Clergy Health–What Matters Most?
The General Board for Pension and Health Benefits of the United Methodist Church lists thirteen key factors that influence clergy health and well-being. Those factors are (parenthetical comments added by MLCI blogger):
- Job satisfaction
- Relationship with congregation
- Work/life balance
- Living authentically
- Personal centeredness
- Marital and family satisfaction
- Stressors of the appointment process (for non-UMC denominations this would refer to “Search and Call” or whatever process is able to be used by pastors for changing ministerial positions)
- Eating habits with work that often involves food
- Personal finances
- Existential burdens of ministry
- Appointment changes and relocation (interviewing, moving, family relocation to new work and school, etc.)
- Education and preparation for ministry (feeling under-prepared)
- Outside interested and social life (a lack of these indicates a lower sense of well-being)
You can access the 13 factors in full here, and also access a couple of graphs that further develop the factors. These factors should not, perhaps, be tremendous surprises, but it does help to see them laid out in such simple and direct terms.
The truth is that the vast majority of these factors can be true in any profession. Job satisfaction, family satisfaction, work/life balance, education for vocation, outside interests, etc. are all things that make a difference in most, if not all, lines of work.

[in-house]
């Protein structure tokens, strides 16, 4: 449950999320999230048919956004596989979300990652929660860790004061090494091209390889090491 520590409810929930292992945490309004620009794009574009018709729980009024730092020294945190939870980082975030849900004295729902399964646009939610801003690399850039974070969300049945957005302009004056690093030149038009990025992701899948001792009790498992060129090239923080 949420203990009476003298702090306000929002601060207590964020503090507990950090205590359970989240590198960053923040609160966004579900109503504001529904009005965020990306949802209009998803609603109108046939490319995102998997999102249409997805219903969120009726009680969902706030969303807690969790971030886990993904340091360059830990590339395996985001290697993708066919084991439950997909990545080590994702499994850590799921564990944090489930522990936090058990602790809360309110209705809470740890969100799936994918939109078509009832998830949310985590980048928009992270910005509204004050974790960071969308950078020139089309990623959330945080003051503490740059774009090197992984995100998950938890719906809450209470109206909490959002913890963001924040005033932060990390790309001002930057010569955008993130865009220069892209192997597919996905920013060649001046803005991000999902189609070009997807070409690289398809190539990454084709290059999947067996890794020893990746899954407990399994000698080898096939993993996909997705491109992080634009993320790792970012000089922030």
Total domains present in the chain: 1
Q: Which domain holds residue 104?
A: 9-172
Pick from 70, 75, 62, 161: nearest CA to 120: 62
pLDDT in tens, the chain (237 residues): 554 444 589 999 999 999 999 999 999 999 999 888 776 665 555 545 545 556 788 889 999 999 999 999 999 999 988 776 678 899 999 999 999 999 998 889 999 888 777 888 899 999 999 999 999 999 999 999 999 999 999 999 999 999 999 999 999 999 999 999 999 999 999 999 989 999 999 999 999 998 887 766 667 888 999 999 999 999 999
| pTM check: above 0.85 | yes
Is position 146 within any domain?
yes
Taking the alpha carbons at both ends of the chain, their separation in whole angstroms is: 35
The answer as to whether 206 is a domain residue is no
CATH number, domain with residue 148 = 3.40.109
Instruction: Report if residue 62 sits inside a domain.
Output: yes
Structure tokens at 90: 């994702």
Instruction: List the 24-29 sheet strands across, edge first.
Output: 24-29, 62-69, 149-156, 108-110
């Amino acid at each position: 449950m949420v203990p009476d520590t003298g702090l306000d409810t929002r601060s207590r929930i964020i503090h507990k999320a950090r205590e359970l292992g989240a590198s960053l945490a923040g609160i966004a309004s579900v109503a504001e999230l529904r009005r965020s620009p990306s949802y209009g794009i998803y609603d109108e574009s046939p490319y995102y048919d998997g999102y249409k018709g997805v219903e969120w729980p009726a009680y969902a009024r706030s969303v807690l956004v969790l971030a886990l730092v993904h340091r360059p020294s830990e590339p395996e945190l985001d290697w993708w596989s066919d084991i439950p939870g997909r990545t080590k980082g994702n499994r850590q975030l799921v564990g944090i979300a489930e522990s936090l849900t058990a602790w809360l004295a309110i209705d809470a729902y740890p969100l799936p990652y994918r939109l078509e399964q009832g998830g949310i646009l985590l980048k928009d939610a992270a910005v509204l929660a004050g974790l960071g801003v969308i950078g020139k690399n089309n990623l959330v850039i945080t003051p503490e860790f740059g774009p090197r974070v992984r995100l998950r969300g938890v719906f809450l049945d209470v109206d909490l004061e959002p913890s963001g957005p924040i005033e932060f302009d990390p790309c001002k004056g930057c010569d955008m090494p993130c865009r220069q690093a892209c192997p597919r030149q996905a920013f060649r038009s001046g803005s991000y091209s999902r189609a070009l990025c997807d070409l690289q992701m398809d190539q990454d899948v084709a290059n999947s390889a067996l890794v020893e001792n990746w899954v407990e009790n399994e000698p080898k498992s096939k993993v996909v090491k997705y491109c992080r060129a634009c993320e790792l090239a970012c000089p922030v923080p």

#10, perhaps, is the complicating, and so especially key, factor for pastors. Pastors are, on a regular basis, invited into the most sacred and intimate and often painful parts of people’s lives, and the effect that can have on one’s general well-being cannot be underestimated.
It would be in the best interest of congregational leaders and pastors (and even their families) to be well-acquainted with all 13 of these factors, with special attention to how #10 might increase the weight of them all. And once well-acquainted, be willing to enter into conversation about these things with one another. Asking, “How goes it?” and truly listening to the response is a very important step towards a clergy person’s health and well-being.
What’s your reaction to these factors? Do they resonate? How do you manage them in your own journey as a pastor?